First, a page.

Welcome to AGENTS OF S.H.I.E.L.D. #1, the best AGENTS OF S.H.I.E.L.D. episode never made!

Just over a year ago, Mark Waid wrote S.H.I.E.L.D., the first in-continuity comic series featuring the characters from the TV series as they teamed up with various Marvel heroes each issue. These were one-off issues, with a slight story arc running throughout, until the series ended with issue 12. It was fun and light and felt fully entrenched in the Marvel Universe.

Taking up the baton from Waid is Marc Guggenheim, who decides to take a more traditional comics storytelling approach to this series. He writes a first issue that assumes you know who the characters are. They all get little scenes that set up their own story, but the book never moves too far away from what this issue is about: Someone has used Iron Man tech to break into the Pentagon and they’ve stolen something that could mean danger for all of Marvel’s heroes. The dialogue is crisp and fast, you can hear the characters’ voices loud and clear.


READ: Tony Stark has his hands full in our review of INVINCIBLE IRON MAN #5!

The whole production of this comic feels more aimed at fans of the show than the previous series. It does have guest appearances by mainstays of the Marvel U, but this concentrates mostly on the agents. This is not a team-up book. This is an AGENTS OF S.H.I.E.L.D book. This seems like it bridges the gap between the Marvel Cinematic Universe and the Marvel Universe without feeling forced, with some nice playful moments that echo scenes from the first Avengers film. Of course, there are a few deviations from the source material, and Agent Fitz seems like he has really manned up. Then again, there may be something else at play there that might materialize somewhere along the way.

READ: Agent of S.H.I.E.L.D. Bobbi Morse, a.k.a. Mockingbird, has her own new series. Check out our preview of MOCKINGBIRD #1 here!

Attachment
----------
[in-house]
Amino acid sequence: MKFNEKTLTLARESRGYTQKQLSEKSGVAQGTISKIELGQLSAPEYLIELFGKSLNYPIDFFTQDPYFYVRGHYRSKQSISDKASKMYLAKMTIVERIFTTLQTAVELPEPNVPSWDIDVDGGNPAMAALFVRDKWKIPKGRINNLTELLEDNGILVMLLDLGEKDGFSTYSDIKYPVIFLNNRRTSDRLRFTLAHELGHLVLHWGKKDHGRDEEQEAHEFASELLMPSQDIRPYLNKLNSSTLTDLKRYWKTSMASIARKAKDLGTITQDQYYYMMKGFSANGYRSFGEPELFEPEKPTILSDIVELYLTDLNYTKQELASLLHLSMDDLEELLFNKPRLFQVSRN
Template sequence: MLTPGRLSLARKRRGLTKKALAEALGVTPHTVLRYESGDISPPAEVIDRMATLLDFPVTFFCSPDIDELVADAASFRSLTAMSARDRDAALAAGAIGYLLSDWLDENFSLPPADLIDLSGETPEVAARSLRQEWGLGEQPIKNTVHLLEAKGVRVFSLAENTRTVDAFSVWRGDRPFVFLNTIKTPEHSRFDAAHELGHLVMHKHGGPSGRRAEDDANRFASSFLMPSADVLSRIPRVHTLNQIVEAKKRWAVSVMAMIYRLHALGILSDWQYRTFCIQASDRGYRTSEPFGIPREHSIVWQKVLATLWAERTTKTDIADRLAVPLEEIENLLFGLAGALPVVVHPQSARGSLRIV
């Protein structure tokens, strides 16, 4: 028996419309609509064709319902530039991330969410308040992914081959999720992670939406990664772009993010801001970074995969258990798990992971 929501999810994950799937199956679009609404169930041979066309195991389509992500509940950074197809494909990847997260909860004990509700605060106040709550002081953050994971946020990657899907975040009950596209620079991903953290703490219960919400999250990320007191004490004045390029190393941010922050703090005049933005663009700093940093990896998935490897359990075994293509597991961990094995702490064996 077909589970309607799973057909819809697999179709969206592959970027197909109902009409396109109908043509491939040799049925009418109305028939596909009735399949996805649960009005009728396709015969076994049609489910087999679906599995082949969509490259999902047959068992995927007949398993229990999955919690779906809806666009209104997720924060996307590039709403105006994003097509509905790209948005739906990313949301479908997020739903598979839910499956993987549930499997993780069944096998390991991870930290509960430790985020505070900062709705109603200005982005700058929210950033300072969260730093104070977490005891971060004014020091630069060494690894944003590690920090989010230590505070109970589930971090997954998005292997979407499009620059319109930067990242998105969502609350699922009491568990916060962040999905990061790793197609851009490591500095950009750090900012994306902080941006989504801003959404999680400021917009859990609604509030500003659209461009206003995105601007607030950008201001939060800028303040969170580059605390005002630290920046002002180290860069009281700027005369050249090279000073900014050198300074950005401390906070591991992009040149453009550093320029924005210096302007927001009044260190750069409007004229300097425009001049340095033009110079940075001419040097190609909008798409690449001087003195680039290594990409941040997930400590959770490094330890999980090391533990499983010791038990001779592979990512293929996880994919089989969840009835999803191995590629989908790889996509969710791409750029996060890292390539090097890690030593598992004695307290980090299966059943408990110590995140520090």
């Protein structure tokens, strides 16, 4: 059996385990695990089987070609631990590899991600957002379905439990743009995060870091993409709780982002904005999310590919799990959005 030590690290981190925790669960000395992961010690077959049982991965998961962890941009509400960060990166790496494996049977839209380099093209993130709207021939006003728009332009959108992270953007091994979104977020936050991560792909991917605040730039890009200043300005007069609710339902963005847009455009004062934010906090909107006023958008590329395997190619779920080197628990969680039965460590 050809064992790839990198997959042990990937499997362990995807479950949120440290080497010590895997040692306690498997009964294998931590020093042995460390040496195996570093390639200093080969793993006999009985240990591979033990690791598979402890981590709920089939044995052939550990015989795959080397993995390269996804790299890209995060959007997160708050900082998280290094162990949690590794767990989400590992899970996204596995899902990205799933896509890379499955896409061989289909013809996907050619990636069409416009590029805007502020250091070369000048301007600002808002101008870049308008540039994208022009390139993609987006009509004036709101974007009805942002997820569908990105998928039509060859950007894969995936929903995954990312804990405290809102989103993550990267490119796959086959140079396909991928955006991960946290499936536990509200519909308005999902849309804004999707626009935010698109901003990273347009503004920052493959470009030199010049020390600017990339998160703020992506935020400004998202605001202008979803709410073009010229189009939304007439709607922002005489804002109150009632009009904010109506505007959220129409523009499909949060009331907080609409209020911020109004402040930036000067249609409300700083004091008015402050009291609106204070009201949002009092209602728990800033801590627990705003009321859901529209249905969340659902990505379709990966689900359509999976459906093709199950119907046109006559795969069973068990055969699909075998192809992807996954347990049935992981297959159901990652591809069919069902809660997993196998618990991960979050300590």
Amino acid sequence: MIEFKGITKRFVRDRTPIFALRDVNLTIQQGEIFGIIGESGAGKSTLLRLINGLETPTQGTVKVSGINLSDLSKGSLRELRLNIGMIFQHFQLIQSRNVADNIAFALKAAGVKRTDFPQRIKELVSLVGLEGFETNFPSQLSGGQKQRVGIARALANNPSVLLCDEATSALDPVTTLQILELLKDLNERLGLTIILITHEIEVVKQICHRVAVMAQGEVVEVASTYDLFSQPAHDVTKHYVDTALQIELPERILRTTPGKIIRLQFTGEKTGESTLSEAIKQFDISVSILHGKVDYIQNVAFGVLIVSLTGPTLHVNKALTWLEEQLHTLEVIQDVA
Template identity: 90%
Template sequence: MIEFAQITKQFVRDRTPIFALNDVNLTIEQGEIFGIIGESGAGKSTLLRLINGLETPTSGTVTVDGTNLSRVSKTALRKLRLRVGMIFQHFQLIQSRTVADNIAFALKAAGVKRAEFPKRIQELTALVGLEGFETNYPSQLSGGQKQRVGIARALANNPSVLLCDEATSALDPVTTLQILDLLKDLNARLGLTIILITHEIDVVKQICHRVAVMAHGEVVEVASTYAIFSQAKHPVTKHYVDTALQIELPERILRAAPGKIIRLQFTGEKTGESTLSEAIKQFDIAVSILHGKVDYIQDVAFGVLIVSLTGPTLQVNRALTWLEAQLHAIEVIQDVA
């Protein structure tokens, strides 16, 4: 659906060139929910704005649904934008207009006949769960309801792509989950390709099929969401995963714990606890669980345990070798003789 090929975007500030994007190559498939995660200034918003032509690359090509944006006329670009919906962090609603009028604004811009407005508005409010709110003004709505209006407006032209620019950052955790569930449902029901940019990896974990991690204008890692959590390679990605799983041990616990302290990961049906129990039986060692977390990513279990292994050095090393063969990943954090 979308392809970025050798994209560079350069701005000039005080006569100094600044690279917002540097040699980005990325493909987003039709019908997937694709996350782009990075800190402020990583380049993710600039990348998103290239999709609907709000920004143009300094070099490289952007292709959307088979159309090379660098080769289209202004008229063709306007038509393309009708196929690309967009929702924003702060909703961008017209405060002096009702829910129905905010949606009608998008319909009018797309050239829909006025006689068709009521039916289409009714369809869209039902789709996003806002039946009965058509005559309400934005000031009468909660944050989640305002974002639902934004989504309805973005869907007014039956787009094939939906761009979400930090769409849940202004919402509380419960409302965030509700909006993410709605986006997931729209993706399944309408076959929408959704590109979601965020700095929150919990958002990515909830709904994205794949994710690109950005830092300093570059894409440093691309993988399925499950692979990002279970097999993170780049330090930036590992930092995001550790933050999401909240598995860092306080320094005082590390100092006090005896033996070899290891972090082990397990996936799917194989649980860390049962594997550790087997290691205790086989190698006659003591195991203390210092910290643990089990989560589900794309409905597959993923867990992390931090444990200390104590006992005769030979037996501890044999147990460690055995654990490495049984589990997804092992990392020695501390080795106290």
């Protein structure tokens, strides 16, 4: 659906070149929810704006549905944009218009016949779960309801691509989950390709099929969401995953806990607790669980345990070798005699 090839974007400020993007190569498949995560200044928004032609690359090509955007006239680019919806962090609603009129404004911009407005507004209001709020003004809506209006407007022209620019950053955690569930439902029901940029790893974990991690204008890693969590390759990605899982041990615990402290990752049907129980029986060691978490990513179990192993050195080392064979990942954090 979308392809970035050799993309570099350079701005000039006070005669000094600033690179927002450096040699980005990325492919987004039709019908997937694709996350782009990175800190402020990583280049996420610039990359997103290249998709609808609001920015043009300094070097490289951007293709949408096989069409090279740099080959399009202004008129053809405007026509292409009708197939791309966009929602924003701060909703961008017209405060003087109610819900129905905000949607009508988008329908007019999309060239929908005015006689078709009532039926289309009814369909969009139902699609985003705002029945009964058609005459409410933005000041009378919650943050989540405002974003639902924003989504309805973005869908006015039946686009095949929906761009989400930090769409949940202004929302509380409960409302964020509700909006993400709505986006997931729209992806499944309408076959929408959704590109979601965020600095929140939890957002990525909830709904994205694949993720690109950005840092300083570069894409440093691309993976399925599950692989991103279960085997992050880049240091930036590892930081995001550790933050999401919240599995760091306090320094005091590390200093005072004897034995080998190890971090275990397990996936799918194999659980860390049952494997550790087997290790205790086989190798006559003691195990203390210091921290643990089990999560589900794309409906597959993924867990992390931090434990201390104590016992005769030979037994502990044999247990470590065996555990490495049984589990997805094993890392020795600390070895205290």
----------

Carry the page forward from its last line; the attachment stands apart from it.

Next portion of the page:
Apologies to Mike Norton (whose art on REVIVAL is stellar) and FCO Plascencia (colorist extraordinaire whose BATMAN work is as important as that of Snyder, Capullo, and Miki), but this issue’s cover does nothing for me. Indeed, based on that alone, I almost didn’t pick it up. It seemed a bit plain and didn’t grab my attention. Fortunately, I decided to have a look inside and liked what I saw. We open on a P.O.V. page of someone crashing into the Pentagon before revealing a splash page of someone wearing a classic Iron Man suit.


The visuals have an immediacy about them that means each panel shows exactly what needs to be shown, that this artist is sure of what he’s doing. And it sure is enjoyable to look at. Germán Peralta takes Guggenheim’s script and makes it zip when it needs to. The characters are reminesent of the show without being of exact likeness. There is a slight bit of action at the start, but most of the comic focuses on interactions between all the key players, and it bristles with energy and fun. Rachelle Rosenberg’s colors really add to Peralta’s line work, and her use of watercolors for backgrounds and shadows adds character to the art.

As first issues go, this was a good starting point, with enough ideas and plot developments to keep the series going for quite a while. The twist at the end is intriguing yet makes sense, and it will be interesting to see how its ramifications shape the lives of the Agents of S.H.I.E.L.D.

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